Mission: Zero waste
Coe College's own research makes the case for going trayless. And that's just one step the school is taking toward a zero-waste goal.
CEDAR RAPIDS, Iowa—At 1,300-student Coe College, dining services is making great strides to become a zero waste campus. Tom Wieseler, general manager for Sodexo at the account, said that during the past several years, the campus has made major changes to reach its zero waste goals, including implementing comprehensive composting, recycling and sustainability programs.
"We'll never get to absolute zero waste, but overall as a college we need to start teaching these kinds of things outside of the classroom," Wieseler said. "We did a tray waste study so we would have a better idea of where we could make changes. Our students waste 3.2 ounces per person at lunch and dinner and 2.5 ounces at breakfast. I consider myself an average male and I eat about 23 ounces of food at lunch and dinner. That means, on average, my students are wasting about 1/7 of what they take. This gives me information I can display and teach them that wasting any natural resource can't go on indefinitely."
Wieseler said he would like to do more research about the amount of food taken and wasted by different groups such as athletes so he could have more comprehensive information to share. When the study was being conducted, Wieseler complied with the environmental club's wishes and displayed the actual waste in bulk in the dining room. So waste from breakfast would be displayed at lunch with appropriate signage and the per-student figures. And although Wieseler admitted this was an in-your-face approach, he found it to be very effective. The department also installed a pulper and since May 2007, Wieseler has been taking that pulped product to a local solid waste facility for composting.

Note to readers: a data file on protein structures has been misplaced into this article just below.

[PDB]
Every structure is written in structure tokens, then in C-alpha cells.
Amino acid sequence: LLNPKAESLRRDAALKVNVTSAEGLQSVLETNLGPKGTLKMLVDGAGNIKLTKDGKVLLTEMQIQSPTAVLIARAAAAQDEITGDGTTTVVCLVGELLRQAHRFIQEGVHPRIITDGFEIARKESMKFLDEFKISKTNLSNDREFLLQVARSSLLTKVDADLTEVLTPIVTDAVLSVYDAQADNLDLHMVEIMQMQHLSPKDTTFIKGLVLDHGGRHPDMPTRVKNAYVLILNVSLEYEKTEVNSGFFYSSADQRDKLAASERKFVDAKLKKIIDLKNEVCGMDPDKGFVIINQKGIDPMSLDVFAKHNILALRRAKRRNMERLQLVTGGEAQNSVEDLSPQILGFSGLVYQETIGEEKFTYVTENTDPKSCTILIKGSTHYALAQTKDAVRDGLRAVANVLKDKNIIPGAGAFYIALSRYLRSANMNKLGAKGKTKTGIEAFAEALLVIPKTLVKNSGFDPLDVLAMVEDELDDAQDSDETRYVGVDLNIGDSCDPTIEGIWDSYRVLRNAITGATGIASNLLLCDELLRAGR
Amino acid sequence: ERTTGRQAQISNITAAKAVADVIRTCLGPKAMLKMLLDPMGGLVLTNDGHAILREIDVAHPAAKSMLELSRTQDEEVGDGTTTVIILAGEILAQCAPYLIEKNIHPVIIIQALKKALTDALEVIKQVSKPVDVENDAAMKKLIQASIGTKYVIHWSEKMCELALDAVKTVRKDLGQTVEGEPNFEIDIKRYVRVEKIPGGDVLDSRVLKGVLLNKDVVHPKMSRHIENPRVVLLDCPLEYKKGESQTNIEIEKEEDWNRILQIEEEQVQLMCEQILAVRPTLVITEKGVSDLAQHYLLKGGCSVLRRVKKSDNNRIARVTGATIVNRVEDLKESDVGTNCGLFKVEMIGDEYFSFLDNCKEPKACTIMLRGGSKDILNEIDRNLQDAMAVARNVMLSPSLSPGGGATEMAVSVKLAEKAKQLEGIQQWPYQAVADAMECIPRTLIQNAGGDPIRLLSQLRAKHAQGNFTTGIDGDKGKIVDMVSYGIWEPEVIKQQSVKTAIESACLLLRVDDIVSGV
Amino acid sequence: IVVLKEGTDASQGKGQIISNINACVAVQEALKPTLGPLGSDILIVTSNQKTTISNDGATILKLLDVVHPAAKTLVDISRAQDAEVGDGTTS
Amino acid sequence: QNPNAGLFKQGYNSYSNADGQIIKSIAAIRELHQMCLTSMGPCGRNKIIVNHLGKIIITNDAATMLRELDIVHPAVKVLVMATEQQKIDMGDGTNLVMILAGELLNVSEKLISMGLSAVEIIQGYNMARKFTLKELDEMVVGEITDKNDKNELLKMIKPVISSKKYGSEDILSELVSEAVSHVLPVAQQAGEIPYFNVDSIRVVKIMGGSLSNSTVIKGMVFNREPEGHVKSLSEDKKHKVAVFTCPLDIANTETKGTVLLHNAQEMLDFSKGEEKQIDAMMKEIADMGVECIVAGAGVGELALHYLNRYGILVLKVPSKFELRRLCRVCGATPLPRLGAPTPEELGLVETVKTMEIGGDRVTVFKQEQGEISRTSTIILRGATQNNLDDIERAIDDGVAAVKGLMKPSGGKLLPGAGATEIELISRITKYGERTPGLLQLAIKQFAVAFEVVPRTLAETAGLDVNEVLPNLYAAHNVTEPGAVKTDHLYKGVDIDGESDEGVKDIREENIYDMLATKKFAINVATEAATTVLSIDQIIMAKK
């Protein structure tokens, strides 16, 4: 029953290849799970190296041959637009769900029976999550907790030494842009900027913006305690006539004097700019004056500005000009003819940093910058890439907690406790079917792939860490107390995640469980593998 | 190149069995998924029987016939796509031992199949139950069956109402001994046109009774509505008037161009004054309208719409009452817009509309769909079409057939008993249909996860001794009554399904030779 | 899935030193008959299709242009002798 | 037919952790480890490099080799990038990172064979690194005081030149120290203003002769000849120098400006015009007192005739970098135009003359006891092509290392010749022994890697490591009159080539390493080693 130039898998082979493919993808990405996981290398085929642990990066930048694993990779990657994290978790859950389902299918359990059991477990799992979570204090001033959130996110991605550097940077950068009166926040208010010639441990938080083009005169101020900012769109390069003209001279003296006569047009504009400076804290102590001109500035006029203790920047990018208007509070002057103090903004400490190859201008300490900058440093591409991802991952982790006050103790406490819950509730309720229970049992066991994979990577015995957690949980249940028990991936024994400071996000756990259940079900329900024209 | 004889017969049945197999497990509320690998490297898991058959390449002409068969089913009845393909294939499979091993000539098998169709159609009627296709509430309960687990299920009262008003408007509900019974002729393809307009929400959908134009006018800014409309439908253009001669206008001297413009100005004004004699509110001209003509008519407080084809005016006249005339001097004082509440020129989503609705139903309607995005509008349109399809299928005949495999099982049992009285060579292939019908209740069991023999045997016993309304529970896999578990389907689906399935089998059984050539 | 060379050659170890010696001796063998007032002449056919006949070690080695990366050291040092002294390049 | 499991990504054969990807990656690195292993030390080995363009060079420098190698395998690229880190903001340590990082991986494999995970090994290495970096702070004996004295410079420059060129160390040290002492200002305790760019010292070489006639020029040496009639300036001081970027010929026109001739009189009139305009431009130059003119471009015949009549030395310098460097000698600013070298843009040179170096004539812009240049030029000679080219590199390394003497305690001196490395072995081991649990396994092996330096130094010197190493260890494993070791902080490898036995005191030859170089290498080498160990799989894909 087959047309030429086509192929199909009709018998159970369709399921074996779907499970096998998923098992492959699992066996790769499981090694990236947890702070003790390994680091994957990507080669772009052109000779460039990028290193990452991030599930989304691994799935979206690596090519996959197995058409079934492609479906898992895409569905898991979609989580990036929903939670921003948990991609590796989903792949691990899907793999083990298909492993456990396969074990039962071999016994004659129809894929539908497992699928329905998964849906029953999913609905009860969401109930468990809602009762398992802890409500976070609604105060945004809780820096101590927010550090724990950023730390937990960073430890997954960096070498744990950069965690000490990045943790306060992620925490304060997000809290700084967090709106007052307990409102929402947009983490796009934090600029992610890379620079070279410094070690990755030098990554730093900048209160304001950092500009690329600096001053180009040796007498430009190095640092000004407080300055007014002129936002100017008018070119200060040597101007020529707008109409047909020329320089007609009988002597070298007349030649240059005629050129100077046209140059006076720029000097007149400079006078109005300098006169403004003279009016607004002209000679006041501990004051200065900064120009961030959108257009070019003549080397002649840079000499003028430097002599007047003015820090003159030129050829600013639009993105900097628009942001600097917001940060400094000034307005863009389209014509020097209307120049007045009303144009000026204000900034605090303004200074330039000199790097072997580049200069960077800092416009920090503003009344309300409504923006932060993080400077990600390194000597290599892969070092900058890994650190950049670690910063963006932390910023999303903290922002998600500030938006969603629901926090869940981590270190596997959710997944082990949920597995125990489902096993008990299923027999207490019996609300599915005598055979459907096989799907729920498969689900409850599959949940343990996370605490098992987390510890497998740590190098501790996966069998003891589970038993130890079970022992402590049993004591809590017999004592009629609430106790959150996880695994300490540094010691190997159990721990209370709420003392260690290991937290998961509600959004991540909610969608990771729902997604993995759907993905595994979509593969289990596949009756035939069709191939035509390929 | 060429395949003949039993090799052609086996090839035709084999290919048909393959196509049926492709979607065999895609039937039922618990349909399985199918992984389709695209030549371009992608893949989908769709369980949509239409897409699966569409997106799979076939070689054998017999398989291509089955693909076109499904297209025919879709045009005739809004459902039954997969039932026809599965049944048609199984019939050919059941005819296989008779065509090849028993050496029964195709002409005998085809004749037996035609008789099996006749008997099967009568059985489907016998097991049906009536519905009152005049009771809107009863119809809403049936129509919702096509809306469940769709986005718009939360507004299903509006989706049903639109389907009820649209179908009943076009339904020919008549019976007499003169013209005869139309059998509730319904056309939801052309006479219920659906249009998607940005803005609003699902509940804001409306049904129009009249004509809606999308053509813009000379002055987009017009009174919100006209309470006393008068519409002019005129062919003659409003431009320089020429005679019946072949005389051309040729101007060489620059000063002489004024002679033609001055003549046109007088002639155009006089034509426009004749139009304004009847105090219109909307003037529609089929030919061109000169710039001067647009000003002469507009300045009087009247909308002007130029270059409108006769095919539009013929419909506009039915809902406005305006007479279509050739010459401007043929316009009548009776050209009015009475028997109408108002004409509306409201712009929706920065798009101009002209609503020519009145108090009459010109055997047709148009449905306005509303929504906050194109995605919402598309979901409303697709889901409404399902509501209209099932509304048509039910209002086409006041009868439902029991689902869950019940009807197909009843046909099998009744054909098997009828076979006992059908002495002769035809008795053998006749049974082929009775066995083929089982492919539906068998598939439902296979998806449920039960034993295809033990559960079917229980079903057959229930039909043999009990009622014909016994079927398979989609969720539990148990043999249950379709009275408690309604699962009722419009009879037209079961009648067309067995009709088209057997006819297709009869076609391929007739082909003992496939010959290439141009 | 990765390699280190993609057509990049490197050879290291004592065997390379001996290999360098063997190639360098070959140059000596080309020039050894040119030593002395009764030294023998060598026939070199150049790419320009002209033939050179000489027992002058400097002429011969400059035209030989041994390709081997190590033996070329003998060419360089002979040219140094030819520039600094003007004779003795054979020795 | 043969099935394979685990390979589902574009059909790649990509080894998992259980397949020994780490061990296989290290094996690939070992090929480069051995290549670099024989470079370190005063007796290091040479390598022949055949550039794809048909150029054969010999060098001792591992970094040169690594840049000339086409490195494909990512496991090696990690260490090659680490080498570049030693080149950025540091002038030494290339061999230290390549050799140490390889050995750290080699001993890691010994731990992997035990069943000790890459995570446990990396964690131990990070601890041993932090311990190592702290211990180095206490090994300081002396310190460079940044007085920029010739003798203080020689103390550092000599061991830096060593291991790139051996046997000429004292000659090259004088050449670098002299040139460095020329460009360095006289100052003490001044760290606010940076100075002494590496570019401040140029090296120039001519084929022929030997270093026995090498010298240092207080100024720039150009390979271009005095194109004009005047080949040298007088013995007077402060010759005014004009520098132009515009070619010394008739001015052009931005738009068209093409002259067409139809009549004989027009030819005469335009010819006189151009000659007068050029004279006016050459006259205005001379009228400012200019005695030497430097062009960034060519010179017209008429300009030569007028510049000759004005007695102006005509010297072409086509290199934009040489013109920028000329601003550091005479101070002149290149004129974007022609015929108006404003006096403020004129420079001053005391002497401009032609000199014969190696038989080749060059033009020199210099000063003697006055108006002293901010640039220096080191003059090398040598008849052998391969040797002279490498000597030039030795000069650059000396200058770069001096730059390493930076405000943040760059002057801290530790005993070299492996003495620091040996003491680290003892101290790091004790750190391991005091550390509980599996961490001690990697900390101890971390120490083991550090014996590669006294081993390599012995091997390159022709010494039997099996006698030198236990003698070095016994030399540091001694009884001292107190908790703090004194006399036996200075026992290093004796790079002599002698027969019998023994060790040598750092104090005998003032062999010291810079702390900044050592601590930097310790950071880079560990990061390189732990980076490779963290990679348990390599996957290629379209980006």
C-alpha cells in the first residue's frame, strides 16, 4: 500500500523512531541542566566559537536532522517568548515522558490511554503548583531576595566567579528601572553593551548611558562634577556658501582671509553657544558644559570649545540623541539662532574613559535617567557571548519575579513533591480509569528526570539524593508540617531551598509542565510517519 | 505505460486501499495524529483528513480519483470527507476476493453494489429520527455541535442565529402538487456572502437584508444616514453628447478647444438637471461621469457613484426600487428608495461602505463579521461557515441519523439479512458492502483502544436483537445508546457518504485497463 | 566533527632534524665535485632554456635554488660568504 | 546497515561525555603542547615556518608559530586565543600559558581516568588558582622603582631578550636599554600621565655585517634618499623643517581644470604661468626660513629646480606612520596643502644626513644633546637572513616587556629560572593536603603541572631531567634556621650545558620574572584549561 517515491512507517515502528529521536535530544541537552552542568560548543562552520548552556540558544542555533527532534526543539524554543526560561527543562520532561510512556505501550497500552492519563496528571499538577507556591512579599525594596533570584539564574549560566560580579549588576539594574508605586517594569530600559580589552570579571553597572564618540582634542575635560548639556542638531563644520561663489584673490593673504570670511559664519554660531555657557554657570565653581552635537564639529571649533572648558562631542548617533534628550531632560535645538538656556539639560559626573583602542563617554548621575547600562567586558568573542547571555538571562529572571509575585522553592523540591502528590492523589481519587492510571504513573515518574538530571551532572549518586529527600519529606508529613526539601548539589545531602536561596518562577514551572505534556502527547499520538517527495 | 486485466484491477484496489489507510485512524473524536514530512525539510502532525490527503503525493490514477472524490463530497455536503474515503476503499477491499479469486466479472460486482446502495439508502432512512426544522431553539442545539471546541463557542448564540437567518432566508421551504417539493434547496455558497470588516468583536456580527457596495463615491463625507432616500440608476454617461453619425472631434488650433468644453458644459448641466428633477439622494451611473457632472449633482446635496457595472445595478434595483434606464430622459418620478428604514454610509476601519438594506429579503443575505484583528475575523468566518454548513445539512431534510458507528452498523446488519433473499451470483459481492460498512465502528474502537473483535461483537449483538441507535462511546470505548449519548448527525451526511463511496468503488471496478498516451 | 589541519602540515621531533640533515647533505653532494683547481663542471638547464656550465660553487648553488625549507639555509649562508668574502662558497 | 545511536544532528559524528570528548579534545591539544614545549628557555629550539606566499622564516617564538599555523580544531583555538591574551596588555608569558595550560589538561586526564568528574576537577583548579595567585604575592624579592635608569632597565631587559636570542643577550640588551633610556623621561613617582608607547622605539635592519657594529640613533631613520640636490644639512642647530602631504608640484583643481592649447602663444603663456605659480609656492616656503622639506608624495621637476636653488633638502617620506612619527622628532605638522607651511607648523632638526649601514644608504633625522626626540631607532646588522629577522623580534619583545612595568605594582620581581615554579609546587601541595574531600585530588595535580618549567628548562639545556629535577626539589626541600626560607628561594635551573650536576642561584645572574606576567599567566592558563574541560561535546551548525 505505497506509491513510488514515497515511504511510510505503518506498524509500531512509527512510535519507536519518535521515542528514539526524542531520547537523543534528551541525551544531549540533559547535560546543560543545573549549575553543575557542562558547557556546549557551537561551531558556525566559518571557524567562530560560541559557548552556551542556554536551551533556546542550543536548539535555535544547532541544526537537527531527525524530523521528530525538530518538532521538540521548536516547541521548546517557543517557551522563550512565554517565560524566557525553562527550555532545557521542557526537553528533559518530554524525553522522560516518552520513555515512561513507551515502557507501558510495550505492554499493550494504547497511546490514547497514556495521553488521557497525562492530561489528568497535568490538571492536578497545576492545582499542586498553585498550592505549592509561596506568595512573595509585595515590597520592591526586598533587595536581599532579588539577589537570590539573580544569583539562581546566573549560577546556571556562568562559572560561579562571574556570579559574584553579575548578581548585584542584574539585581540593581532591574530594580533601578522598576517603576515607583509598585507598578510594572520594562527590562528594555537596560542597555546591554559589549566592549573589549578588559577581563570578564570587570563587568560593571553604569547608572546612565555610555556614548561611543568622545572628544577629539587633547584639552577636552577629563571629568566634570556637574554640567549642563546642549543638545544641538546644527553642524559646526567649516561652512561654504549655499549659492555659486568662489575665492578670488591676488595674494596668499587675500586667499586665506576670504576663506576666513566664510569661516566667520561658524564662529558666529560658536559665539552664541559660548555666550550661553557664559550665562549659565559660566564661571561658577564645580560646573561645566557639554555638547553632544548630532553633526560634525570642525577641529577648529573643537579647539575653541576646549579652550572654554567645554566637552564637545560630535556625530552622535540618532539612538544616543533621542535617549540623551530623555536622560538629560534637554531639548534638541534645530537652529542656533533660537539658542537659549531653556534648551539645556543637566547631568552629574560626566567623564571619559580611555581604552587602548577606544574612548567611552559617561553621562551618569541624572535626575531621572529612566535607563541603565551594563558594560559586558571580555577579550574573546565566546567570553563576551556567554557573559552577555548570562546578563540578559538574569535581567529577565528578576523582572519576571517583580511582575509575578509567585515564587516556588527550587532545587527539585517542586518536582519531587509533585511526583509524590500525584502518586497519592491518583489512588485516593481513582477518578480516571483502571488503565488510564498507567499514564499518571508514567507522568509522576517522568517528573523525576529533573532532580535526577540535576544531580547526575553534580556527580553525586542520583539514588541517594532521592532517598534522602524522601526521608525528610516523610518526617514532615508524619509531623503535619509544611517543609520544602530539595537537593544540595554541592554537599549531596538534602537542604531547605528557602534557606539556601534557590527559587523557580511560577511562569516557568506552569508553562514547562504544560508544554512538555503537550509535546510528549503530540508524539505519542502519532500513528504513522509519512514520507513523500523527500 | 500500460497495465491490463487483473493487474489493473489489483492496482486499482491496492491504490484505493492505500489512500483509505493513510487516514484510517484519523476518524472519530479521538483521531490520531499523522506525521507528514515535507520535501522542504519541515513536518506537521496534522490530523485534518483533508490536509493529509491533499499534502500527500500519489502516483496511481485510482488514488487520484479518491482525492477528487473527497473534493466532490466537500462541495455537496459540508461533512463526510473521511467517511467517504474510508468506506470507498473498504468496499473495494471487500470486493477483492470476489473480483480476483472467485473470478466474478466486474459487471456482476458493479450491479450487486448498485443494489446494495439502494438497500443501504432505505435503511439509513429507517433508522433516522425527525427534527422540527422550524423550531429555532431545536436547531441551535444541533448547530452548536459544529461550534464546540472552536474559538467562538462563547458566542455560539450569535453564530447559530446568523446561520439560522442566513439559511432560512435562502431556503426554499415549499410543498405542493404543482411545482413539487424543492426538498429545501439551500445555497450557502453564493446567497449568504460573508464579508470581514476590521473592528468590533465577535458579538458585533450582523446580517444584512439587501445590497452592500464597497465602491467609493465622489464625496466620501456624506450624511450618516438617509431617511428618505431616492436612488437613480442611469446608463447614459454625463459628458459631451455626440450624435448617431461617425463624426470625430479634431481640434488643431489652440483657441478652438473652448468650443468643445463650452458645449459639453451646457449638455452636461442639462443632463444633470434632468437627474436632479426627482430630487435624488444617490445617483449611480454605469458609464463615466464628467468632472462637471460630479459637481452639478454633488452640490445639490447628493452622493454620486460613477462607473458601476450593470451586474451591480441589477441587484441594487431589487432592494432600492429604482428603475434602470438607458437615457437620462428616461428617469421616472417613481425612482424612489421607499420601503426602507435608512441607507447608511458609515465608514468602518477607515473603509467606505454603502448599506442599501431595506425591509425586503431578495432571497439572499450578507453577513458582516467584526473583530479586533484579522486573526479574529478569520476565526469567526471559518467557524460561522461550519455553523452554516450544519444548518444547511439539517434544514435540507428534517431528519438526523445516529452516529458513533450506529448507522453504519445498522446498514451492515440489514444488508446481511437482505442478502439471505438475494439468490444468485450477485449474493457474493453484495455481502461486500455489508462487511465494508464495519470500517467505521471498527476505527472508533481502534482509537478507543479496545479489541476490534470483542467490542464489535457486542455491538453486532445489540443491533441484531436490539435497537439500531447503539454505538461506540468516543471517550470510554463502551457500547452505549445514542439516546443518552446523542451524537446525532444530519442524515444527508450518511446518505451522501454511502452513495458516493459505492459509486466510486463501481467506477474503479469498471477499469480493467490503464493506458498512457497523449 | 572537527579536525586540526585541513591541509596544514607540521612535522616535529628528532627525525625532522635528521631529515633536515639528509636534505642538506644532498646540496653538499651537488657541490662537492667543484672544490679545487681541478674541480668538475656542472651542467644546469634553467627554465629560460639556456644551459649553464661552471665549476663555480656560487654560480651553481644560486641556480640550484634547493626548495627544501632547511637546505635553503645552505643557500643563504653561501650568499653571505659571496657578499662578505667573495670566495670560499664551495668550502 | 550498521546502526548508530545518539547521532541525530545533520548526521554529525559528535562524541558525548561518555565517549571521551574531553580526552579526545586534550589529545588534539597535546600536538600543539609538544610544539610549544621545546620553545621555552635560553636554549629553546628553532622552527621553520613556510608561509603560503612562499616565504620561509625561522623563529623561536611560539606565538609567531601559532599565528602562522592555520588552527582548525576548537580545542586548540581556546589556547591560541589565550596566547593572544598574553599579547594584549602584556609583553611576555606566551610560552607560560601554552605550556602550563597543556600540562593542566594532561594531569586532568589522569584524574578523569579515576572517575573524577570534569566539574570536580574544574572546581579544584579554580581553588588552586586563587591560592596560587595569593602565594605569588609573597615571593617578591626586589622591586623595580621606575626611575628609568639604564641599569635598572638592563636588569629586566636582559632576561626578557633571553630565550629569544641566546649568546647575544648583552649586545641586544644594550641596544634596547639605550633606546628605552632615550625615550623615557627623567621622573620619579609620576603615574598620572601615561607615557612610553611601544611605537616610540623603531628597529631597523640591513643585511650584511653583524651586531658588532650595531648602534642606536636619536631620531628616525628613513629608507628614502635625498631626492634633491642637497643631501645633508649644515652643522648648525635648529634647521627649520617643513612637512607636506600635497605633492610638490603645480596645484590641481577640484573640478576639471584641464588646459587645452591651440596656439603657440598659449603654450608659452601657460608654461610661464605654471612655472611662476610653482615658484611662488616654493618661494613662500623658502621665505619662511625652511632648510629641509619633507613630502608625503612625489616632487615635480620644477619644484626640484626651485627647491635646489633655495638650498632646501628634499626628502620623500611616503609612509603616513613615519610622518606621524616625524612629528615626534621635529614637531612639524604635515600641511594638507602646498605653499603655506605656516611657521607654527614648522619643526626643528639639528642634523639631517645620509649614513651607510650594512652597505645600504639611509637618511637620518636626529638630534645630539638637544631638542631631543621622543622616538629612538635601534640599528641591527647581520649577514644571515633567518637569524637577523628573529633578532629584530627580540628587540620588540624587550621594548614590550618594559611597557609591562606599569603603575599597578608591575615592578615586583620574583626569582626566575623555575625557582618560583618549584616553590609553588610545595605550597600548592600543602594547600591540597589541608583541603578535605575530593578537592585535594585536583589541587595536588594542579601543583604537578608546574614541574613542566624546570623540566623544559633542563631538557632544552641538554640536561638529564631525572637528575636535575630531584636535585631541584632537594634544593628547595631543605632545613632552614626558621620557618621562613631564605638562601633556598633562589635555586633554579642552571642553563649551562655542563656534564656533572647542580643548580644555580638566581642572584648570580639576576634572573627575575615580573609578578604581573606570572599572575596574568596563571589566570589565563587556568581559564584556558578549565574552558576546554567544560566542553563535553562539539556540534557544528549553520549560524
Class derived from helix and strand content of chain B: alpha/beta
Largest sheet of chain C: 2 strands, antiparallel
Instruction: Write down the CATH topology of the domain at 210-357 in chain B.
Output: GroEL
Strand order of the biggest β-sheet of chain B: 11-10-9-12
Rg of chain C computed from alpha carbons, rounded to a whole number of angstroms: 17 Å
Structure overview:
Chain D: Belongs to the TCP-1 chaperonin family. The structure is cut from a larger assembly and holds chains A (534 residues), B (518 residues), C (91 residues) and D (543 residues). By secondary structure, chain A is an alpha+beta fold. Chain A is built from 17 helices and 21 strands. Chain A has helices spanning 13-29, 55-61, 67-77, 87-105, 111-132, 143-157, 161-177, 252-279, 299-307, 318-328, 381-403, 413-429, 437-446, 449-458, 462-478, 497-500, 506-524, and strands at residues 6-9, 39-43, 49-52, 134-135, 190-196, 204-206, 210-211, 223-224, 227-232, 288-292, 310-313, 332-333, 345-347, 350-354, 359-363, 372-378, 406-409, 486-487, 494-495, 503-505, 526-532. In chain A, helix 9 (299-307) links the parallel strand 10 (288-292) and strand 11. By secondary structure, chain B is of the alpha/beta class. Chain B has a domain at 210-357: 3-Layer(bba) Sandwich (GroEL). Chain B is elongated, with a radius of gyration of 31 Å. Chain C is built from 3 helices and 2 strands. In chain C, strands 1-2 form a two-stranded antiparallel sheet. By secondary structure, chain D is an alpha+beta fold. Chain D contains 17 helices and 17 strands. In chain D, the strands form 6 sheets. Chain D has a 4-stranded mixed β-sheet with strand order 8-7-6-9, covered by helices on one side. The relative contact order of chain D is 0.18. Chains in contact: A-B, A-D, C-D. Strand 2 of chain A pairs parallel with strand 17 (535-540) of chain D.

"So far we have diverted 59,080 pounds of waste from the landfill," Wieseler said. "Kitchen food waste is sent to the pulper rather than the trash. During a test period when we went tray optional for student dining, our composted amount went down 300 pounds per week with all other variables being the same."
When trays were optional, 21.6% of students used a tray at breakfast, 44% used one at lunch and 45.9% used trays at dinner. Now that the department tested what going trayless could do for its waste goals, the plan is to go completely trayless this May. Wieseler said all he has left to do is submit an article to the student newspaper explaining that the switch to trayless dining is coming.
"I have to let the students know that this makes an impact," Wieseler said. "May's a good time to roll this out since we're not feeding as many students, then we serve summer camps and then by Fall I'm hoping trayless will be no big deal.